Judicial Notice

  1. Scope. This rule governs judicial notice of an adjudicative fact only, not a legislative fact.
  2. Kinds of Facts That May Be Judicially Noticed. The court may judicially notice a fact that is not subject to reasonable dispute because it:
    1. is generally known within the trial court’s territorial jurisdiction; or
    2. can be accurately and readily determined from sources whose accuracy cannot reasonably be questioned.
  3. Taking Notice. The court:
    1. may take judicial notice on its own; or
    2. must take judicial notice if a party requests it and the court is supplied with the necessary information.
  4. Timing. The court may take judicial notice at any stage of the proceeding.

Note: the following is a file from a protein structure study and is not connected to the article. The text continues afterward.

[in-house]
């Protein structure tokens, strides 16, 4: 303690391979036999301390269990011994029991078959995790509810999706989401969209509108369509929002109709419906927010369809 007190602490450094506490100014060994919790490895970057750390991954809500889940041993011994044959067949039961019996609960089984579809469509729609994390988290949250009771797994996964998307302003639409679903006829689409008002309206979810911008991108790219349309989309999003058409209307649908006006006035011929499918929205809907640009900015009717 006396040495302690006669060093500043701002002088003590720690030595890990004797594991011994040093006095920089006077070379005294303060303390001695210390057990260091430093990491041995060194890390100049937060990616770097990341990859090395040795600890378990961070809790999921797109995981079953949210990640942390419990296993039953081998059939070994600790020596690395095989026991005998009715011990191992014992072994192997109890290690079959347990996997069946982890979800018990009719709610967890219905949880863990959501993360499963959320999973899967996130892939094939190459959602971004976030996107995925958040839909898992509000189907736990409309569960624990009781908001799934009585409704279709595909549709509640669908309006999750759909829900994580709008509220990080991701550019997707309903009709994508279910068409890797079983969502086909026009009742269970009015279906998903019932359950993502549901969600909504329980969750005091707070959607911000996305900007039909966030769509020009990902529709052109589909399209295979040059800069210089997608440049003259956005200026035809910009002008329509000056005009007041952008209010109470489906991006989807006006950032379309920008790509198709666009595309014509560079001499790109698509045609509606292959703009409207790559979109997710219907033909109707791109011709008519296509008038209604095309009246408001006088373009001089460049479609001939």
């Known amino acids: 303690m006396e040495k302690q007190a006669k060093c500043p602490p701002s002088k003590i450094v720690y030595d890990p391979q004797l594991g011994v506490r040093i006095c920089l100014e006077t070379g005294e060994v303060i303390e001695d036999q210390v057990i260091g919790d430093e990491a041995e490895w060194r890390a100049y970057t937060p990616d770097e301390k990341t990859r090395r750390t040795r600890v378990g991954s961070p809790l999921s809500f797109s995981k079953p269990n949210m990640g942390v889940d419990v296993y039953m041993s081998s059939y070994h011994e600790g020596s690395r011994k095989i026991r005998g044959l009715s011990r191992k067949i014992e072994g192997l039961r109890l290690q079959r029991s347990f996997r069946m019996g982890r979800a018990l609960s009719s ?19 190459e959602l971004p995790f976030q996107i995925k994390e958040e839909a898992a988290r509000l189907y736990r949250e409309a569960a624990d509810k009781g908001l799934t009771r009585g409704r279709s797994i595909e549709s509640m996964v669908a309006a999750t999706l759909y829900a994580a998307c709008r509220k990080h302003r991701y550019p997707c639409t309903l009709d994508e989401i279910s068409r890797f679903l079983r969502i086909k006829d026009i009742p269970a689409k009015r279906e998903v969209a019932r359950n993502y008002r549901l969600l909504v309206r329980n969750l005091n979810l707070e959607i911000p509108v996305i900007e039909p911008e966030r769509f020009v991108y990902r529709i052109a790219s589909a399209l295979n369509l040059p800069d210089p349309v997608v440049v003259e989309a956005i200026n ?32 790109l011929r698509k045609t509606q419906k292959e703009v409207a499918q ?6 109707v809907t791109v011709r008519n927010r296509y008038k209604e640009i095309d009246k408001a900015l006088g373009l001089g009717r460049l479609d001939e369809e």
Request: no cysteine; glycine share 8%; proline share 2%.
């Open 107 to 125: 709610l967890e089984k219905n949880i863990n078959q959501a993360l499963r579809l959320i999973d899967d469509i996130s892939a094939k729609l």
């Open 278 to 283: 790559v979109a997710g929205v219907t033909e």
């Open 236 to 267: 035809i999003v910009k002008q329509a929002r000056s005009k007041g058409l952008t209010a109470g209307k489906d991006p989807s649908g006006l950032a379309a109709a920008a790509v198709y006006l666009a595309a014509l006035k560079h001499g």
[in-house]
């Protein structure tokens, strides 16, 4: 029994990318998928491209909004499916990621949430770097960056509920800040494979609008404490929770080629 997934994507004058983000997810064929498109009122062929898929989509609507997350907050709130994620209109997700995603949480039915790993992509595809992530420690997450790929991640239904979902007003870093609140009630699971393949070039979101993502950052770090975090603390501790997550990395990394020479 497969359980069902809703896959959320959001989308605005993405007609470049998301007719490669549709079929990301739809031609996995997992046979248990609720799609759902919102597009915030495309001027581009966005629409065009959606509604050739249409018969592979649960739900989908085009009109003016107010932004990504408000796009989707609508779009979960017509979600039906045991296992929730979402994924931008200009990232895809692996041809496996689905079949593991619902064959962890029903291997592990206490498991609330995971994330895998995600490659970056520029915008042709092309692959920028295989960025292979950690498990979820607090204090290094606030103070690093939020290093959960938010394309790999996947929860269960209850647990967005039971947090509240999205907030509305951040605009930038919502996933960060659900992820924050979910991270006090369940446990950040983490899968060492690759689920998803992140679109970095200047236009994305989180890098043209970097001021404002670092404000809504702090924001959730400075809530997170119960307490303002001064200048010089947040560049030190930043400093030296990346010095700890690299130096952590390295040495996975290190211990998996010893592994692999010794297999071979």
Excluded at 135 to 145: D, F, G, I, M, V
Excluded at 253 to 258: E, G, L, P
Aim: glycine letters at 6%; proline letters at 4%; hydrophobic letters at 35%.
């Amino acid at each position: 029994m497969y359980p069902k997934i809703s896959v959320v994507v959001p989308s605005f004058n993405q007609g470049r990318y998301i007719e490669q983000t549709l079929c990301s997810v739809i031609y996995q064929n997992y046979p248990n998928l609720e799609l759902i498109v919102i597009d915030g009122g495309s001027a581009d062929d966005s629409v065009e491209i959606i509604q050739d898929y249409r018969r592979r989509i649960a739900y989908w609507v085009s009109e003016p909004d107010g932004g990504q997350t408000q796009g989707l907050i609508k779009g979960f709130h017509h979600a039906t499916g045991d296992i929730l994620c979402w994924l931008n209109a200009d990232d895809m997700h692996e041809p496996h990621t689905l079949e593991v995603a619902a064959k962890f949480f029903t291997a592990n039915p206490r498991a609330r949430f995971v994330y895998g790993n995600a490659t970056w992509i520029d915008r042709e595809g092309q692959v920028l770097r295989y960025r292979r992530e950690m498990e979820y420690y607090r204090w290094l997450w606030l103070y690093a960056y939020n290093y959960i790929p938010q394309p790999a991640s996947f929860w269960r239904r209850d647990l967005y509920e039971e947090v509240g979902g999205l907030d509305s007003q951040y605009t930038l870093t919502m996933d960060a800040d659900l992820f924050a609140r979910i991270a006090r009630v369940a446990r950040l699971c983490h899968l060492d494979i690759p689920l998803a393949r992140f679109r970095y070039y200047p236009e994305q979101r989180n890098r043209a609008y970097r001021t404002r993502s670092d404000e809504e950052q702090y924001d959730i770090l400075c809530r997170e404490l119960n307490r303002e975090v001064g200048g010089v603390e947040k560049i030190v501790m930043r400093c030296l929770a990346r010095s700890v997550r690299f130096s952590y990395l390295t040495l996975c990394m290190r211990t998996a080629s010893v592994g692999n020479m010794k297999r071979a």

5. Opportunity to Be Heard. On timely request, a party is entitled to be heard on the propriety of taking judicial notice and the nature of the fact to be noticed. If the court takes judicial notice before notifying a party, the party, on request, is still entitled to be heard.
  6. Instructing the Jury. In a civil case, the court must instruct the jury to accept the noticed fact as conclusive. In a criminal case, the court must instruct the jury that it may or may not accept the noticed fact as conclusive.

Interpreting statutes or common law is a legislative decision, where the judge is unlimited.

The sources must actually state the information. Assumptions cannot be made thereupon. (One can notice that it rained that day, but not that the pavement was wet.)

Subsection (d) does not apply in criminal cases for some reason.